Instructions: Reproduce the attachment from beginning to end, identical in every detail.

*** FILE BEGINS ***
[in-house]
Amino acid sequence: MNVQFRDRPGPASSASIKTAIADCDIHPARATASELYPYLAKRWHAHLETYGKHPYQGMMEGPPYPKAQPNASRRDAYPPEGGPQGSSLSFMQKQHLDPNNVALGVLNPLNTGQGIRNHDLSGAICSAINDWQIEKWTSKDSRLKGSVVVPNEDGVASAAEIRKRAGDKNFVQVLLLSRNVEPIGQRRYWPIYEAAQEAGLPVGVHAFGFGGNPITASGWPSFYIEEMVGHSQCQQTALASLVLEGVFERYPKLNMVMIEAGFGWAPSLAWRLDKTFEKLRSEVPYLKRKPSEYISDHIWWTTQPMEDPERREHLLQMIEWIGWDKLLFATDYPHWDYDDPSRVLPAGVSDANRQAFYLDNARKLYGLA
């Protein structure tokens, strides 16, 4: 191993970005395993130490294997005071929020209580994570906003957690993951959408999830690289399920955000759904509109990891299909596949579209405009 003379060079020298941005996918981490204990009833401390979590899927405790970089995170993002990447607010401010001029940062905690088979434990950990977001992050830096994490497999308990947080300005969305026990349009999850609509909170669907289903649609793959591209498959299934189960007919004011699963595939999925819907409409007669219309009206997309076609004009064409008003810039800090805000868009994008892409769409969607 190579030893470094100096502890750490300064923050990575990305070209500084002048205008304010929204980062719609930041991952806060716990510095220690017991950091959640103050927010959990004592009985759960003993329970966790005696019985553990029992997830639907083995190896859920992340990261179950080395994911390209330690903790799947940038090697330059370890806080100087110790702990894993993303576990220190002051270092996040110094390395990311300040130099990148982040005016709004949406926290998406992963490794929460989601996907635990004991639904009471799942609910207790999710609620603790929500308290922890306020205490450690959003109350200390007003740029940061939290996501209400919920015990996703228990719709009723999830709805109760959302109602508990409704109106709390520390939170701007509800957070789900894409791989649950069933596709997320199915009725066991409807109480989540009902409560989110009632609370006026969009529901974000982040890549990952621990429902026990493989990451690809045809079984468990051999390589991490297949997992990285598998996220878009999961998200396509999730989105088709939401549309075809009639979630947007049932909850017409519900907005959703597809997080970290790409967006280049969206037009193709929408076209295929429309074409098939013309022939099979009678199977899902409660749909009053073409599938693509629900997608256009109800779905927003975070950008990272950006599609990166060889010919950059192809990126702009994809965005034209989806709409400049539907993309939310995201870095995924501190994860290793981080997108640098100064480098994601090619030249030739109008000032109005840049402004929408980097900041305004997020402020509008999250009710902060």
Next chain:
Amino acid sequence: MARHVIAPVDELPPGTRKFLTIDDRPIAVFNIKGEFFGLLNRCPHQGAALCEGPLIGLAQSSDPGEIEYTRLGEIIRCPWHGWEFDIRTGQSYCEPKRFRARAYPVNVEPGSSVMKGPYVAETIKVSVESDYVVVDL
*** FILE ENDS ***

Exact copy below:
[in-house]
Amino acid sequence: MNVQFRDRPGPASSASIKTAIADCDIHPARATASELYPYLAKRWHAHLETYGKHPYQGMMEGPPYPKAQPNASRRDAYPPEGGPQGSSLSFMQKQHLDPNNVALGVLNPLNTGQGIRNHDLSGAICSAINDWQIEKWTSKDSRLKGSVVVPNEDGVASAAEIRKRAGDKNFVQVLLLSRNVEPIGQRRYWPIYEAAQEAGLPVGVHAFGFGGNPITASGWPSFYIEEMVGHSQCQQTALASLVLEGVFERYPKLNMVMIEAGFGWAPSLAWRLDKTFEKLRSEVPYLKRKPSEYISDHIWWTTQPMEDPERREHLLQMIEWIGWDKLLFATDYPHWDYDDPSRVLPAGVSDANRQAFYLDNARKLYGLA
């Protein structure tokens, strides 16, 4: 191993970005395993130490294997005071929020209580994570906003957690993951959408999830690289399920955000759904509109990891299909596949579209405009 003379060079020298941005996918981490204990009833401390979590899927405790970089995170993002990447607010401010001029940062905690088979434990950990977001992050830096994490497999308990947080300005969305026990349009999850609509909170669907289903649609793959591209498959299934189960007919004011699963595939999925819907409409007669219309009206997309076609004009064409008003810039800090805000868009994008892409769409969607 190579030893470094100096502890750490300064923050990575990305070209500084002048205008304010929204980062719609930041991952806060716990510095220690017991950091959640103050927010959990004592009985759960003993329970966790005696019985553990029992997830639907083995190896859920992340990261179950080395994911390209330690903790799947940038090697330059370890806080100087110790702990894993993303576990220190002051270092996040110094390395990311300040130099990148982040005016709004949406926290998406992963490794929460989601996907635990004991639904009471799942609910207790999710609620603790929500308290922890306020205490450690959003109350200390007003740029940061939290996501209400919920015990996703228990719709009723999830709805109760959302109602508990409704109106709390520390939170701007509800957070789900894409791989649950069933596709997320199915009725066991409807109480989540009902409560989110009632609370006026969009529901974000982040890549990952621990429902026990493989990451690809045809079984468990051999390589991490297949997992990285598998996220878009999961998200396509999730989105088709939401549309075809009639979630947007049932909850017409519900907005959703597809997080970290790409967006280049969206037009193709929408076209295929429309074409098939013309022939099979009678199977899902409660749909009053073409599938693509629900997608256009109800779905927003975070950008990272950006599609990166060889010919950059192809990126702009994809965005034209989806709409400049539907993309939310995201870095995924501190994860290793981080997108640098100064480098994601090619030249030739109008000032109005840049402004929408980097900041305004997020402020509008999250009710902060």
Next chain:
Amino acid sequence: MARHVIAPVDELPPGTRKFLTIDDRPIAVFNIKGEFFGLLNRCPHQGAALCEGPLIGLAQSSDPGEIEYTRLGEIIRCPWHGWEFDIRTGQSYCEPKRFRARAYPVNVEPGSSVMKGPYVAETIKVSVESDYVVVDL